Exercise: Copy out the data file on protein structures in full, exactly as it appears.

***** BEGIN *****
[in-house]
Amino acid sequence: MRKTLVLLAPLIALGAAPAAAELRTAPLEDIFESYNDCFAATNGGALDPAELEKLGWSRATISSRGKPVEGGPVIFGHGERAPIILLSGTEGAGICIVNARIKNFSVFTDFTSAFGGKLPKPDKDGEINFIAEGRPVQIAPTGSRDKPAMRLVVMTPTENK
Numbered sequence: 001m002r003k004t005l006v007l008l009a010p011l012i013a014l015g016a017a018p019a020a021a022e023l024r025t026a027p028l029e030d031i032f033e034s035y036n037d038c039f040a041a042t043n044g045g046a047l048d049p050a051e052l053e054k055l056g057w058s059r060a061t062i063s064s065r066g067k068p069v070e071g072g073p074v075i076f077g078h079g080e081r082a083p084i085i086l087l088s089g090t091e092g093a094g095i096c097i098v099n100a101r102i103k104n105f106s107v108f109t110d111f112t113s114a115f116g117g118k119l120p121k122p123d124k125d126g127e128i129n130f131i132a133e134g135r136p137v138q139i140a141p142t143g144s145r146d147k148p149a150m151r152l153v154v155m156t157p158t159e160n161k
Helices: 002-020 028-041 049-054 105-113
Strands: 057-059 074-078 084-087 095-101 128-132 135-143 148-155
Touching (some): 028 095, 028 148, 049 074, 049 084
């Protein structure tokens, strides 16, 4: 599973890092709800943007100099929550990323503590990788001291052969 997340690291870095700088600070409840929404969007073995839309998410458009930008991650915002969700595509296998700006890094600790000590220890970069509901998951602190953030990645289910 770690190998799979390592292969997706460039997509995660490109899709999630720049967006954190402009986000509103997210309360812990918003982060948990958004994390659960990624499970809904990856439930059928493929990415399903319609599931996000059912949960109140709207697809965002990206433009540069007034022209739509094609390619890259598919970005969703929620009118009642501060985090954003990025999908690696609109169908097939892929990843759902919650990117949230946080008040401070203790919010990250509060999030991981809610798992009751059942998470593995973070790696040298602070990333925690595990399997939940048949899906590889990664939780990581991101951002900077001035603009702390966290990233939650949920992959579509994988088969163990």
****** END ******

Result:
[in-house]
Amino acid sequence: MRKTLVLLAPLIALGAAPAAAELRTAPLEDIFESYNDCFAATNGGALDPAELEKLGWSRATISSRGKPVEGGPVIFGHGERAPIILLSGTEGAGICIVNARIKNFSVFTDFTSAFGGKLPKPDKDGEINFIAEGRPVQIAPTGSRDKPAMRLVVMTPTENK
Numbered sequence: 001m002r003k004t005l006v007l008l009a010p011l012i013a014l015g016a017a018p019a020a021a022e023l024r025t026a027p028l029e030d031i032f033e034s035y036n037d038c039f040a041a042t043n044g045g046a047l048d049p050a051e052l053e054k055l056g057w058s059r060a061t062i063s064s065r066g067k068p069v070e071g072g073p074v075i076f077g078h079g080e081r082a083p084i085i086l087l088s089g090t091e092g093a094g095i096c097i098v099n100a101r102i103k104n105f106s107v108f109t110d111f112t113s114a115f116g117g118k119l120p121k122p123d124k125d126g127e128i129n130f131i132a133e134g135r136p137v138q139i140a141p142t143g144s145r146d147k148p149a150m151r152l153v154v155m156t157p158t159e160n161k
Helices: 002-020 028-041 049-054 105-113
Strands: 057-059 074-078 084-087 095-101 128-132 135-143 148-155
Touching (some): 028 095, 028 148, 049 074, 049 084
């Protein structure tokens, strides 16, 4: 599973890092709800943007100099929550990323503590990788001291052969 997340690291870095700088600070409840929404969007073995839309998410458009930008991650915002969700595509296998700006890094600790000590220890970069509901998951602190953030990645289910 770690190998799979390592292969997706460039997509995660490109899709999630720049967006954190402009986000509103997210309360812990918003982060948990958004994390659960990624499970809904990856439930059928493929990415399903319609599931996000059912949960109140709207697809965002990206433009540069007034022209739509094609390619890259598919970005969703929620009118009642501060985090954003990025999908690696609109169908097939892929990843759902919650990117949230946080008040401070203790919010990250509060999030991981809610798992009751059942998470593995973070790696040298602070990333925690595990399997939940048949899906590889990664939780990581991101951002900077001035603009702390966290990233939650949920992959579509994988088969163990």